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VERMONT WATCHMAN & STATE .TOIltNAL, WEDNESDAY, AUGUST 20, 1890.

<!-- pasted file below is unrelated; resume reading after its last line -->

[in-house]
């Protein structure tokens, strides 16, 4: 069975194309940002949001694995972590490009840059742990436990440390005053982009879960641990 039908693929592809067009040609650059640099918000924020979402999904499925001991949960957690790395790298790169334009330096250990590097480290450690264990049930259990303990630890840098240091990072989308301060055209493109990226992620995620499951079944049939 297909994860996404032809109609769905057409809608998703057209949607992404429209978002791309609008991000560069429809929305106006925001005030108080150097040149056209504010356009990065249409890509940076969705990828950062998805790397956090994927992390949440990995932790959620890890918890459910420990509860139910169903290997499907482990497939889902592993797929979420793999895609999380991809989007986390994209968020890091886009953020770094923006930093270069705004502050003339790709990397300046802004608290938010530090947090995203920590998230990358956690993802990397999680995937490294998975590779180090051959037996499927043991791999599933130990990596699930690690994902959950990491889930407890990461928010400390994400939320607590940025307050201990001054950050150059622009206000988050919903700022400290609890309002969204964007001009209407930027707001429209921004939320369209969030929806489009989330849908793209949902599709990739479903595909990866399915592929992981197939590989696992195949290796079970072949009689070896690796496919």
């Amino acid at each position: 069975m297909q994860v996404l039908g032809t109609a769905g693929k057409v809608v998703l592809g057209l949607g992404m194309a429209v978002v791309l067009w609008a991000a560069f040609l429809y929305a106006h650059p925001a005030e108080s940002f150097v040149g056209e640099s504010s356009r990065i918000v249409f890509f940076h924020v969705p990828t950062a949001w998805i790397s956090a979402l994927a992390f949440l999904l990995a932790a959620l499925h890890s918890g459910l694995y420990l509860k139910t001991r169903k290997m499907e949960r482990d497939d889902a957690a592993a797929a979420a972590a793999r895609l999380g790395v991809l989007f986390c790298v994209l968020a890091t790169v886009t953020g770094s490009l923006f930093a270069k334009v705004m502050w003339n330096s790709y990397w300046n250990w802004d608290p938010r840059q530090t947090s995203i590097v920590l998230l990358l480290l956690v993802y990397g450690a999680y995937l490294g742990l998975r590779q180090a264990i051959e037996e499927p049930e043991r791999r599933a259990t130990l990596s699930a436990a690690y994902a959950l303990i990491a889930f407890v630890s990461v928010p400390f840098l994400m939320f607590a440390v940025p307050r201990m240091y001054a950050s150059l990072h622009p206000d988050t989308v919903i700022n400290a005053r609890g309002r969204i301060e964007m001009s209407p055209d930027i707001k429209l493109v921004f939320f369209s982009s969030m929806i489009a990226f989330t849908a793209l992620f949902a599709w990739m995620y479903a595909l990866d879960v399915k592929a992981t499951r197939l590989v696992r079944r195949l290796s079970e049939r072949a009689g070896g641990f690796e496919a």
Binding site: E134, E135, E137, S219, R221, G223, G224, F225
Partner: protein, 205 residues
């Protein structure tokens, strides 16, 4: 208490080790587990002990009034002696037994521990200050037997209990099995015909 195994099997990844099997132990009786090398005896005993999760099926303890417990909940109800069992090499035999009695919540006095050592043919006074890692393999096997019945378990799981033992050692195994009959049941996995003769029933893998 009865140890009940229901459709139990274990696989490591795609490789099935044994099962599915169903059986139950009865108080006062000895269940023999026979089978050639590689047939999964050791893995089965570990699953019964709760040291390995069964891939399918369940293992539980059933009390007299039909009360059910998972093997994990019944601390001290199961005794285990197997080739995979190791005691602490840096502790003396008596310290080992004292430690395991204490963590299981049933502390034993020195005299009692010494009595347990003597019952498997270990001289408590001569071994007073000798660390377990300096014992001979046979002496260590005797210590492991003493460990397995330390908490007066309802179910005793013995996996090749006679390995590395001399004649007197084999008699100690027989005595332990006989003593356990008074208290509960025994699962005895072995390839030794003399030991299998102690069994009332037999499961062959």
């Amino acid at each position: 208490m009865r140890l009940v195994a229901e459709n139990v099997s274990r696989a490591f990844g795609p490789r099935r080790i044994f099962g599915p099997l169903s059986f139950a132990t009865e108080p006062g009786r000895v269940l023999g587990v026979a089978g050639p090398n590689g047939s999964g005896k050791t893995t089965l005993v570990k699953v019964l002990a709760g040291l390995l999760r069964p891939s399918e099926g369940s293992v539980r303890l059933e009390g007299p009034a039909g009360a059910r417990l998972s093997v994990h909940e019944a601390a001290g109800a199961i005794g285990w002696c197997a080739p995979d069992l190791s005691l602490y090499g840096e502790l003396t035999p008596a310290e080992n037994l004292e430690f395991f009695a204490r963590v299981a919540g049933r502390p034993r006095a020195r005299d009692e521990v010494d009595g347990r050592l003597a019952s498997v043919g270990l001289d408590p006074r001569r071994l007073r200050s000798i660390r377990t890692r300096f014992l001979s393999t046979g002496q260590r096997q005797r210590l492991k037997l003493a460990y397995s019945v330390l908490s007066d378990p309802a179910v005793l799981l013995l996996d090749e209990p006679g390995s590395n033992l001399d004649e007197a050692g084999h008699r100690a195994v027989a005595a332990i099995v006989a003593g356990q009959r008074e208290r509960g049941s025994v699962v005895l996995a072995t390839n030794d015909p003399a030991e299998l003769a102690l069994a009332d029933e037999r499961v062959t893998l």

TOatrljman gounral. WEDNFSDAY, AUGUST 20, 1800. lteiilllcrtll State Nmiitnatlon. FOR OOVRnNOR, CABBOLL S. PAGE, Hyde I'ark. PO i.ikxtknast iiDVnnsnn, HKNKY A. FLETCHER, Cavendish. rou liumid IIKNIIY V. FIELD, Hutland. FOR DKCRKTART OF STATE, C. W. BROWNELL, Jr., Burlington. FOR AVDtTOI OK ACC'OrNTff, E. IIKNKY POWELL, Kichford. rou MKMiiKit (k OOXOHBMi WILLIAM W. GROUT, Barton. COtJNTT TICKKT. KOR SKNATORP, flEolttiE V. IlANIi ..f Waterbury . F. A. DWINBLL of Plainfield. FOR ASS1STANT .TUDOKS, II. W. LYFOBD of Warren; T. H. LANUK of Cabot. for .nrimie of p rou atk, HIHAM OABLBTON of Montpelier. FOR STATF.'S ATTORNKY, ZEH S. STANTON of Roxbury. FOR RIIKR1FF, E. W. IIOWE of Northfield. FOR BlGfl HAII.1FF, JOHN L, MOSBLBY of Xortbliclil. FOR COfNTV ('OMMlSflinNF.il, ALBBBT JOIIONNOTT of Montpelier. the state. Another peculiarity is the provislon for government control of the tclegraphic sorvice of the country. The experiment will he closely watched in the United States. Thc president ean be irapeached by thc senate or thc supreme court. No cahinct minister can he elected either president or vice president. The general principlc of the relation between the state and federal govcrnmenta isthcaame as that of our own country. One noticeahle point about thc constitution is that the sutTrage is based on educational quali ficatious. It is evidcntly a very carc fully ilrawn instrument. Proctor Knott of Kentucky, who ridiculed Duluth in a speech at Wash ington, sime yenrs ago, as " the zenith city of thc unsaltcd seas," has bccn at that city receutly and rcccived a most cordiai welcomc. I'crhaps he is not " aorry he apoke," but he has learncd a good deal of the possibilities of west ern citics siuce he niadc that speech. WlLLIAM TELL is a myth. Scholars are sure about it, and the government of Switzerland has ordered the story of liis sturdy opposition to tyranny to be taken from the school histories. Un welcome as such news is, it is bettcr that the facts sliould be well under stood. The truth is cvcn more impor tant thau a story of patriotism aud valor. The New York Tribune reports tliat John 1). Kochefellcr will give 820, 000,000 to found a national Baptist universlty at New Vork. Such an atnount of money in good hands would thoroughly equip a great university, and in poor hands it might be entirely wasted. New York is not so good a location for such an institution as Chi cago would be. I'crhaps the greatest need of Chicago is a well-appointed university of the highest order. Mn. Bj.aink has made a valual)le convert to his reciprocity idea in Sena tor Kdmunds. The lattcr introduced on Monday thc following amcndmcnt to the tariff bill, which was relcrrcd to the committee on flnance: " That whcnever the prcsident of the Uuited States shall be satisfied that a sugar producing country wbence sugar is ex ported into thc United States lias abol ished its duties or taxes on importation of the principal agricultural products of the United States, he niay, by proc- lamation, diminish or wbolly remit the dutics iruposed by law on sugar, or any crades of sugar, produccd and exported dircctly from any such country into the United States." This means a tradc l)ctween this country and a augar producing country. We are to give a free market for sugar in returu for a free market for agricultural products. As it is to be assumed that the price of sugar will be lowered by such a tradc, it would seem that the gain would all be with us. Thc southern stiirar raiscrs might suffer, but every one else would be botter off. It is reported that an elfort will be made to arrauge discussions on the tariff reform issue at county fairs throughout New York state this fall. The national republican congreasioual committee is said to favor the plan. Of course the discussion would be of value in giving iuformation to raen who have few opportunities for hear ing speeches by able debaters, but if polilics and agriculture were mixed ou these occasions the latter would be likely to suffer. Agricultural fairs should not attempt too much. THE correspondence between this government and Frauce regarding the duty imposed by the latter on American pork reveals the faot that this duty is levied on economic rather than sauitary grounds. The Frencli are not willing to compete with us in raising pork. No fault could be found with them for taking that position if they made the rule of exclusiou general. As it is, however, they seek only to prohibit the importation of American pork. The government at Washington is tryiug to make them see that this is not fair play. Ketaliation by excluding French wines is talked of. THE great militarv demonslration by the Grand Army of the Republic dur ing all of last weck gave Boston an ad ditional population mounting up to bnndreds of thousands. l'assing over the immcdiate purposcs of the gather Ing aud the interostsof its inililarv par licipants, it was spccially important as B Lri-;at object-lesson to our younger voters, to growing boys and girls aud to those adoptcd citlzem who have im migrated since 1S(i.5, the closing year of the great civil war. Since that date twcnty-live years have elapsed. Xo person under thirty-five can have any deflnite recollections of the fearful struggle, and mucli less than one-half our population have passed thirty-five years. The recollection of even the most eventful occurrences passes away quickly, and many of the junior major ity have hitherto read or heard little of the events which happened before they wercbornorin their early childhood. We hope that the Grand Army's meet Ing will stimulate the interest of thou sands in the civil war, fora study of its incidents will draw their attention to the great principles which underlie our government. SeNATOB EDMUND8 has drawu up a few rules to regulate debate on the tariff bill, and he is now tryiug to have them adopted by the senate. Their chief provision is to limit speeches to fivc minutea, and to allow but one speech per senator on each ltem. The purpose is of course to restrict debate BUfflclently to permit the passage of the bill within a reasonable time. At thc same time an opportuuily is given to every senator to spcak to the point on any ltem. This is a far better way than that of fixing a time for voting, as is doue in the house. While it is im perativc that the tariff bill be passed, it is cqually imperative that careful consideration be given each ltem. If the house had not rushed the bill through so precipitatcly less discussion would be needed in the senate. Sena tor K Imuuds' rules are as fair to dcnio crats as to rcpublicans. They are bascd ou the principles of ccononiv in time, not on that of prohibilion of debate. Somi, of the provisions of the new constitution of Bra.il are pceuliar as, for lnitaDOB that dcclaring clergyinen Ineligible to beoome membors of con- gresB. This and other provisions con oerning rellgloui matteri show thc pur pose of the government to completely eoularlze the state. Civil inarriagcs are oompuUory, noreligloueinstruotion is to be given in thc public schools, .Tesuits are to be excludcd, and no church is to rcceive any support from THE quick work which the h. use made of passing the anti-lottery bill is very gratifying. The senate will doubtless be equally prompt, if no seri ous llaw is discovered in the bill. The country is becoming aroused on the subject of lotteries, and congressmen are scenting the incense of righteous wrath. Yct the lotteries have a very powerful hold on a ccrtain class. The investorsin the Uouisianalottery Inolude in their number many mcn in every com inunity who are in good social and busi ness standing. The busincss is raised to the same level as betting on ball games, and what an imincnse number of small bets are made every day on these games! Hy the terms of the bill postmasters are ordered uot to deliver registered letters to any ierson or com pany eugaged in the lottery business. Such letters are to be marked " fraud ulent " aud returned to the otlice from which they catne. Any patron of the lottery who mails money for a ticket is liable to prcsccution. A hard blow at the lottery is the section which excludes from the mails ncwspapers which carry lottery advertisements. It is not too much to cxpect that if the bill beeomes a law the business of the Louisiaua Compauy will be badly crippled. Thc Couilntr Election. September 2, the date of the next bi ennial election, is near at hand. Tlie state committee has issued an address "to the color-bearers of the republican party in Vermout" and incidentally, we asBume, to the rank aud file of the party remindiug the voters that " im portant issuea are before the, people "; that " it is of the greatest iniportance this year that men of ability and char acler be elected to both branches of thc legislature," and that " all legillatiOO should be in the line of econoiny," while eschewing " niggnrdliness and atinginesB." lu vicw of " the (juiet but persistent efforts of the democratio leudersiu Vermont to create thc imprcs lon that thcre is oppotition to the pro- blbltory law of our state," the com mittee warns the friends of morality and tempertnOC that they can not affoid to he absent from the polls on the lirst Tuesilay of .September. The pride of Vermont in uer republican majorities is recited, and " the color-bearers " are adjurcd not to lower the slaudard now. Husiness or personal considerations should not dcter republican voters from going to the polls, or the fact that this is thc off year render any one indilTerent. The state committee is entirely right thc republican state tickct miM( " com mand thc rcspcct and confldence of cvcry fair-minded voter in the state." As a journal in a ncighboring state characterized it, " the ticket is one of the cleanest and Btrongest that the (irccn Mountain boys have evcr been callcd upon to support." It deaervcs a majority " of which we shall be proud," and we add our earnest cxhortation to the voters to come out and contributc to a booming majority for Page and Fletcher. Uut the size of the majority is, after all, chicfly a matter of party or personal pride. One thousand ma jority, for all practical cnds, is aa good as ten thousand or twcnty-flve thou sand. It is the off year, and it is vain to expect that the tension of national issucs, or national party pride, will be applied and will pile up the majority of presidential years. Of far greater ini portance this year than the size of the state majority is the election for rep resentatives of men having, in the au pcrlative degree, the constitutional quallficallon of " wisdom and virtue." Never since the carlicr years of the state was thcre a louder call that this maudate of the constitution be con strued and obeyed in its letter and spint. It is ncedlesB to recite Bt this time the circumstances of the honr or the conditious that confront the state. They were part and parcel of the latc canvass for governor, or have since been the subject of discussion. The dcvelopments of thc census enforce the necessity for enlisting all the practical wisdom that is available in the work of devising and putting into effective op eration such means as may be employed to arrcstthc backward drift in the farm lng lowns of Vermont. The queslions that should eniploy the flrst and most serious attention of the next legisla ture are for the most part of an In tcnsely practical kind and practical men, successful men of affairs, whose approved wisdom stands also the test of superlative virtue, should be sent to the house of representatives. We care less whether they are farmcrs, lawyers, doctors or business men, provided they have clear hcads, sound judgment, ample experience, broad and compre hensive views, supplemented by virtue of a sterling type and the hiatoric patriotism of Vermontcra. We adjure every town to east about amoug its eiti zena for a man of this atamp, aud, put ting under foot every other considera tion, bring him to the front and elect him to the next general assembly. An election of this sort, constituting a rep resentative body of the constitutional kind, has in it more of real glory for Vermont, more of hope and encour agement, than the heavieat major ity by which the atate has aforetime foretold the triumph of the natioual republican cause. Flaces for Betrenebmentt The canvass for the prospective va cancy on the supreme court bench has become quite lively, and the list of candidates for Judge l'owers' comfort able Beat is lengthening. Uut the popu lar protest against the coulinuance of the uutuber of judges now constituting thc supreme court is recovering its voice. l'ublic opinion, we believe, is very strong for retrenchment at this point, aud for good reasons. The busi ness of the court does not now demand seveu judges, if it ever did. It has practically been done by six for several years, aud the aix, while doing also the work of the seveuth, have at the most not worked harder than if so hard as the average of the BOn-ofttce-holding class. The number of judges sliould certainly be cut down to Bix and there are men of good judgment who say tive. And not only this, but the judicial Balary should be set back to where the legislature of 1880 found it, $2,000 a year. At that time the judicial pay was raised to $8,000 a year, and, to save the state the disgrace of pass taking by its judges, $800 was added for expenses while away from bome on offlclal business. Still sonie but pos sibly uot all of the judges kept on taking passes, till public clatnor led to the substitution of the more reputable milcage ticket, but how much the cash accouut of their houors is credited with outgoes on this acore deponent saith not. At all events, the number niay safely be set back to aix at the iuoat. One full salary may be aavcd and a oorreiponding amount in the aggregate clipped from the salaries now paid to the remaining six. Some other offiolal alariei, also, will bear a paring down, and still leave tho holders well and luoratlvely paid far bettcr than nine tenths of the people who are taxcd to pay such salaries. The large expenditure for the militia iB absolutely indefensible on any ra tlonal frround. For the biennlal term Bnded in 1880 thc state militia bill was $28,816; for tho bieunial term ended in 1SSS the expense was $48,600. For lsT'.i tho cost of the militia was $9,762; for lsHS, $28,016 nearly a threefold iucrease in tea years. The Wak itMAN sharply called at tention to these Ilguros, amoug others, two years ago, during the last legialative seBsion. Kxcuacs were made and ex planationa given to account for this rcmarkable incrcaBe, accompanicd by aasuranccs that thc expense would be lowered during the currcnt blennial term. IIow has the cost ot the militia establishmcnt bccn lowered? For tho flscal year cnded July .'II, 1889, the auditor's orders show that there was paid out for the militia $$8,881.44 ; for thc fiscal year ended July .'II, 1800, $2:5, 992. 02, making an agirregate for the last biennial term of $57, 817.4(1 an increase over the last biennial term of more than $9,000. In this connec tion we beg leave to repeat what wc said of a similar Bhowing in 1888, coru paring the llgures then given with the Biims cxpended for agriculture: " For the biennial term enileil in lHKO tlie cost of the militia wai 838,967; Ol tlie agri cultural department, .?:i,l!T). For tbo bl ennial term ended in 1HHH tbe militia cost was 848,666; tbe department of agriculture, $8,900. Btieh a pln theie, J farmers of tbe general assembly. This looks very mucb like beating pruning-books and plow sbares into swords in a time of profound peace. It is difllcult to understand what rational explanation or warrant ean be found for tbis expenditure. It seems en tirely lrratlonal, wbolly unwarrantable, a mentoe to tbe flnanoial safety of tbe state. Is any Rood end, at all comniensnrate With tbe COSt, Berved by tbis great and growing ontlay?" And, in all soberness, we raise these inquiries ag iin to-day. l'ertinent two years ago, they have an added perti nency to-day. The military expendi tures should be cut back at once to the aggregate for the biennial term of 1880, saving here ncarly $35,000, or the best of good reasons shown why th" enormous cost of this department should be maintained at existing ftg ures. But the increase of the cost of the militia is part and parcel of the unwise and extravagant growth of ex penditure! in offleiai salaries and in almost every department of state ex penditure except for the schools and agriculture which cultninated in the last legislature in appropriations agirrc gating a million and a quarter for the biennial term cnded July 31, 1800. In 1888 the quarterinaster's estimate for the niuster was 810,000 ; in 188!), $12,050. The expense of the muster held this wcek at Bradford can hardly be less than $12,000, while every mail bringa complainta from farmers bur dened with growing taxati'in atnid dlminiahing receipts for their products. Cut down expetrses right here. Make the muater, if need be, a biennial affair, and lop off its extravagances or, if nothing else will avail, lop off the muster itself. conrts, lyncb law n invoked. It is only When adeqnate remedles are proviiled and adeipiatn proeessos seeured tbat tbe eare of property and lifn in rontentedly plRced In tbn banils of tbe antboritles. Tbere Ih as yet no adeipiate remedy for cmployeH wbo sufTer from tbe wrong of eitber inadeipmte paytnent or nnjiist restrlctlons, or of over work, and so long as tbis state of tlilnKs rontinnes strlkes are inevltable. In many instances tbey will be wbolly unjiistitlable In otber Instances tbey will be entirely rigbt, and DUbltO support will go witb tbem. llut jnstillable or unjnstitiable, tbey are bound toi'ontinue untll tbe commtinity bas provided a way by wbli b tbis rougb-banded enileavor to sccuro jnstieo is made neees sary. Tbe pnbllo is tbe chief party in in terest, and tbo public bas a rlgbt to say, both tO tbe railroad and to its employes, " Youare our servants, and we will provide for any adjustinent of difTerenees between you, but we ilo not Intend 10 allow jrotl i" tlgbt out your qnarrels at our expense." It may not be an easy matter to provide ade Oiiato remeilies for tbo present state of tbings, but the dlflieulty of tbe problem only makes its solution more imperative. It is not impossible to provide a means by wbiidi (piestlons raised between railroads and their employes shall be formally pre senterl, eandidly discussed and thOTOUghly examlned, and a daolaion rearheii whlefa ihall be binding on both parties. We al ready have a state board of arbitration. The next Rtep ought to make arbitration "oinpulsory; tben let striking without due notlee be made a mlsdemoBnnr. Ratt. road employes are often unjust and unrea sonable, but we believe tbat the ifreat body of working-men in all departuients desire only Juittee, and that if adeipiate means of securing justioe are supplied they will not only work barmoniously witb their employ ers, but will themselvcs rescnt any attempt to Introdnoe dlstnrblng elementa into tbe Indnstrlal altuatlon. Make it poulhle for tlie railroad iniployo to present his un'ev ance wh('re he is sure It will rereive dls interested ronsideration, and we believe he will yield eheerfully when the deeision is against him. In any eveut, tbe coinmiinity will then have discharged its duty, seoured justice, and niay put fortb its w'bole force for oriler and autbority." Kev Dr. Cnyler in Termont. Theodorc L. Cuyler has been in Lawyers In the Legislature. We do not quite lympathize with the outcry against lawyers in the legisla ture. We trust, in the election of rep resentatives, that some of the best legal ability of the state, tramrueled by no retainer from corporations or indi vidual interests, will find its way into the legislature. There is need and work for such representatives. Among other thiugs, it must not be forgottcn that decisions of the United States supreme court, since the cuactmeut of the corporation tax law in 1882, have knockcd out thc legal underpinniug of that law so far as the statute relates to the taxation of railroads. In rcspcct to the railways the law stands by suf ferance rather than by virtue of a valid legal foundation. The revision of this law will therefore devolve upon the legislature to be elected in September. The questions involved are legal, and the work must be performcd by law yers. So it is important that thcre should be sound legal talent in the new legislature. This is a matter that should be carefully looked after in the election of representatives. Important matteri relating to taxation in general will come up for consideration and deeision. It must be bome in niind that onicndmcnts to the constitution may be proposcd to the next legisla ture, and this is a matter in the con sideration of which legal ability and experience will be especially needed. Vermont recently, and from Wesl Ran dolph writes a characteristic letter to tbe New York Evanqelist. Tbe follow lng extracts will be rcad with interest, and niay help to give Yermouters a kcener apprecialion of the natuntl gloriei and politleal bletsinga that In variably stir the soul of the strangcr within our gates: " An hour of wlndlng among verdant hills and by the water-courses brouht us to the bright and busy village of West Randolph, which stands in the exact ccnter of 'ermont. Here we are spending a fewdays delightfully, as the gucsts of our friend aud parfahioner, Mr. Albert 15. Chaudler, the preaident of the l'ostal Telcttraph Cable Com pany. Like Dr. Field and so many other aons of New Kngland, he has reared his summer home in his native place and beside the ' Macpelah ' of his ancestors. The tether that reaches back to the cradle, the school-house aud the play-grounds of childhood has never beeu cut. On Saturday evenlng, towards sunset, Mr. Chandler drovc us to a lofly bill in the centcrof the town- Press Jioles. JOHM BOYtK O'REILLT was a man of heroic mold and naturc; bravc ad venturous, potriotic, enthusiastic with the )er ftrn&um inreniion which be longs quite as much to the Irish as to thc Scotch. We have been proud of him as an adopted oltleen, feeling always that his native land could ill spare so noble a son. Nis pocms show what he might have been had hc de voted himself to letters. His bigher claim is that he was a trueand courage oub lover of his country and of his icnow-raen. Ulinr nnnhl! ome.s. That was a significant utterancc of Department O.tiimandcr Cogswell of New Remplblre in his speech congratu lating Commander-in-cfalef Veazey. "I believe," he said, "that from this moment thc Grand Army of the He public lakes on a new phase. Com mander Veazey is not a candidate for presidentof the United States." There is a good deal of meaning to this re mark, which those who have been inclined to think tbat the (irand Army was mixing up a little too much in politics will appreciate. Boston lh roM. THK election of C'olonel Wheelock Graves Veazey as the Dartmouth Col lcge catalogue of 1860 puts it to be commftndcr-in-chief of the (Irand Army will lend a thrill of joy through the State of Vermont, which never loses any bonora for want of the asking. The distinotion was aought for Judge Veazey before his oppointment to the interstate commisilon, and there are men up North who could have bccn persuadcd to share this Vermonter's abundance of favors bad their number been foreseen. But the old soldiers have made choice of a man of modest naturc and solid wortb, who will mcet thc rcsponsibilities of his otlice with dignity and ability. Springfleld lle pubUecuii WHAT is the occasion for the de mand for State Superintendent I'.ilmer's head, which we uolice is being made by two or three ncwspapers in the state? If the charge that he is incom petent is corroct let them show that this isa fact, and he will undoubtedly Step down and out. It is noticeable, however, that these cbargea come from ncwspapers which have never taken any particular interest in educational niatters, while 011 the other hand some of the best educators in the state higlily compllment the superintendent uion his work thus far. The law under which he has had to act is a new one, and undoubtedly he has had to take most of the blame for its deficicncics as well as for the minor mistakes for which he may have beeu respocsible in his new position. The superintendent as well as the new law will, we believe, be given a fair trial before awecping criticisms are offered by those who are honestly interested in the advancement of education. Burlington Clipper. Farmers iu Lcgislation. Edltor 0 Waichmatu The farmers and laboriug class must have more to sav about legislation or they are ruined. High sala ries and taxes are one thing that, is doing the injury. Every bram h of business ex cept farming is protected. We shall have a governor to help us tbis fall. Every town in tbe state should turn out in a mass and elect farmers to repreient tbem, and they should repeal or amend most of what the legislature did two years ago. We have come to a point where a man wbo owns a farm that will keep twenty cowa can not make both enda meet at present jirices of exiiclises. home sav tbe tronli la overproduofion. That is not It altogether, Tbe farmers are largely in tbe majority. I would like to see them Htand up for their rigbts in tlie eoming election and session of tbe legislature. EtKPVBXiIOAH. Waterbury, August lL 18!t0. Fermont Agaln. Tbe Lesson of the Strike. Discussing the ueceasity for some deflnite and adcquate way of adjusting the ditferences between railwaya and their employes other than by the rude aud barbarous method of the strike, the Ohriitkm Union says: "The railroad is only in a liinited sense private property. Not only does it derive its franohlaa fr tbe public, bul i t s rela tions to the life of tho country are so inti matc and so iutricate that tho time bas gone by when its arbitrary will could be exerOUMd BVen upon its own property. Ncither the owners of railroads nor their employes are tho supreme parties In Interest , the supreme parties iu interest are the public. Nothing could be more abstird or lllogtoal than to expect the public to stund by, under these circumstances, and watch a light between two organized fories, waitiug paticntly until, by a test of BtreUgtbi one or the other surrenderH. The Ohrittion Vnton has more than OBOe pointod out the fact tbat so long as legal remeilies are not provided for every poHHible grievance, the individuals who are not thul proteoted will take tbe law into their own hands. Where proper aud cer- tain punlabment is not provided for orimei au;.uiist woinanbood, tho husbanl or brotbei or father becomeM the avenger, and a largo amount of public N.vmpatby always goes wtth him; where i rimes against lifc and property are uot sulliciontly ininishoil by the hin of linndolnl, Wlw.n wn rol,.l "lr " fT""""s 11,111 I'resent rates ol taxation r . .v..v..v.. aim ot iht tliat coigu ot vantagc, be introduced us to the priuccs and the elders of thc an cient royal family of the Green Mouu taius. There they stood in their ver dant majesty: Killington Peak aud Shrewsbury 1'eak to the southwest of us, aud away in the northwest loomed up the magniflcent crown of old Mans fleld. Scores of otbers almoat as lofty were catchiug the good-night kiss of the setting sun. Senator Edmunds once said to me, ' I want lodie in sight of old " Caniel's Hump."' There spake a genuine (ircen Mountaiueer. I do not wonder at the loyalty of every son of Vermont to his native state : it is a commonwealth to be proud of. Although Vermont was not admitted into the Union until 1701, her sons did brave aervice at Tieonderoga and Ben nington and Saratoga during the revo lutionary struggle. A bardy and clean- minded race of people settled this beau tiful state ; tbey even put it into their constitution that only those should be eligible to a seat in the legislature who were ' men of wisdom aud virtue.' Tbe vast majority of Vermonters are still farmers and wool-growers and Btock raisers. There is not a city in the state that oontains twenty thousand people, The white niarble that underllee her hills is a fltting eniblem of the solidity and puritv of tbe ancicnt oommon wealth. Much of the old Puritan splrll lingers in her happy homes. For over tbirty years Vermont bas bad a problb itory law on her statute-books. In Rutland and Burlington and some of the larger towns, especially in some of the manufaeturing places, the law is often set at uaught when thc temper ance men are 'caught napping and allow men of loose principles to be elected as maglstrates. Here in cst Randolph, a thrlfty village of 1,700 people, Mr. Chandler tefil nie that tbere is not an open saloon or bar-room of any kiud! In Bradford the Bev. Mr. Lees made the same gratifying statement. On tbe last Fourtb ot July Morrisville celebrated its oentennlaf, and while ten thousand people were assembled there, not an Inioxioated person, or any place for vending intox icants, could he discovered! A whole aonie public scntiment in Vermont is fatal to both the dccanter and the dram Sbop, Ofl Monday we made a plcasanl BXOUrsion to Bradford, a hcuutilul vil lage ou the banks of Ihe Conniclicut. From a rooky bluff we oaugbt a most enchautiug vicw of the etneralil vales tbat skirt the Connecticut, and of grund old ' MoOSilaUke' aud thc other White Mountalns that surround it. A goodly land is this a land ol herds anil tlocks and bee-hives (we saw nearly an hundred in one group) a land flow- ing with milk and honcy. l'erhnps some son of Vermont may reau this letter in the far West, and the. sweet memorles of his cbildnood may agaln fan his cheek; and with molstened eyes he may ycarn for another look at 'As cutney' or 1 Mansfield,' and he will thank God that he was born among the Green Mouutaina." Edltor o Watchman: Vermont is about to turn over a new I'age in her business , liistory. .May tnat I'age never be marred i or defaced by any injudieious act of her ! ohlef maglatrate. Tbe Blble telli us " tbere is a time for all tbings a time to eat and a I time to drink, a time to sing and a time tO dauce, a time to laugb and a time to weep;" and, may I not adil. a time or candid, seri I OUS medltation? If tbis is true, it appears I to me that that time has come. Tbe time for tbe aeSSlon of tbe Vermont legislature is near. and a demand such as bas not pressed itself bome to tbe heart of every republican I voter in Vermont for many a year naeeta us laqnareinthe faoe. it Is a fact tbat the J farmers of Vermont ahvavs bave been, and partleularly so at tbe present day, the great burden-bearera f tho state tbe resull of nnwholesome legislation. I.et us lake tbe present tax law, for example. Every man j must admlt that double taxation is a serious wrung. i no great queanOO at issuo is, Who shall pay tbe taxes'' Should it be tbe man that does not own the property or the man tbat does? Heason would be dethroned tliat would admit for a single moment tbat a man should be taxed for what he does uot own. Therefore any person holding notes against another, which are safely seeured by mortgage. ihOUld be tbe person wbo Bnould pay tlie taxes on tbe amount thus necured, and tbe person thus indebted should beexemiit from taxation on tbe same amount. Aud let me further askf Should not such tax be paid to the town where the moperly taxed is situatcd .' When this can be done, no town will sulTer loss on inort gages held by capitalists from otber towns. Double taxation is a ourae to any state and more especially iu tbese tryiiig timea, when tbe bonest tiller of the ioll is tlior- ougbly unable to meet tbe demanda that an' preaaingao beavlly upon him. Farmers of Vermont, do you need urging, in this most tryiug time of Vermont s history, to awake out of sleep? (lr will yuu, as valiant soldiers, arm andeqnlpyouraalvea like men for tbe great struggle for liberty in the ile fenee of right'.' The cause is yoiirs, and you are in tbe majority. BlSDQfl yourselvea if you do Uot do your duly and if you do not have a legislature tbal will remedy tho above- named evlla, together witb several otbers tbat might be tnentioned. if you do not, SUrely there must be soinelbing rotten in Denmark. Lei our i'age ! also olean and our reoord good. E. K. amkkws. Berlin. Vt. TllK (oUrtb anuual nieeting of tbe East- ern Vermont Assoolatlon of Boad and Trotl ing llorse-brecders began at 81. .IoIiiif bury on last wcek Wednesday. Three raoea ooeurred on tbal day. Aiton, owned by E. J. Bnlder of Beebe Plain, won tbo two-year-old stake: best time, 1:7',. Katiiba, owued by Burbank tt Wiiiiams of C oventry, wou lbo lour-year-old raie; best time, 2:fKA, Tom llainllton, owned by 11. E. Brewster of Paasumpalo, won the two. fort race; best tiuM, 8:40. On the seoond day tbere eraa a large attendanoe. In tbe vearling race, balt-inile, Warwick, ownod by Mr. Bean of Barton, wou; best time, 117. Tbe tbr year-oldreoa was won by Harry II . owned by B, Harrls of Mor risville; best time, '2M. Tlie two-fortv race, stallion class, was won by Ereil Wilkes of ltates farm; best tiuio, '.' 40. In llie freo-for-all race l'"actory Hoy trotted tbe tirst balf-mile iu 1 : 1 1 i . tho fastest time ever mado at St. Johnsbury. Factory Uoy wou tho race, his best time being '':.')0.J.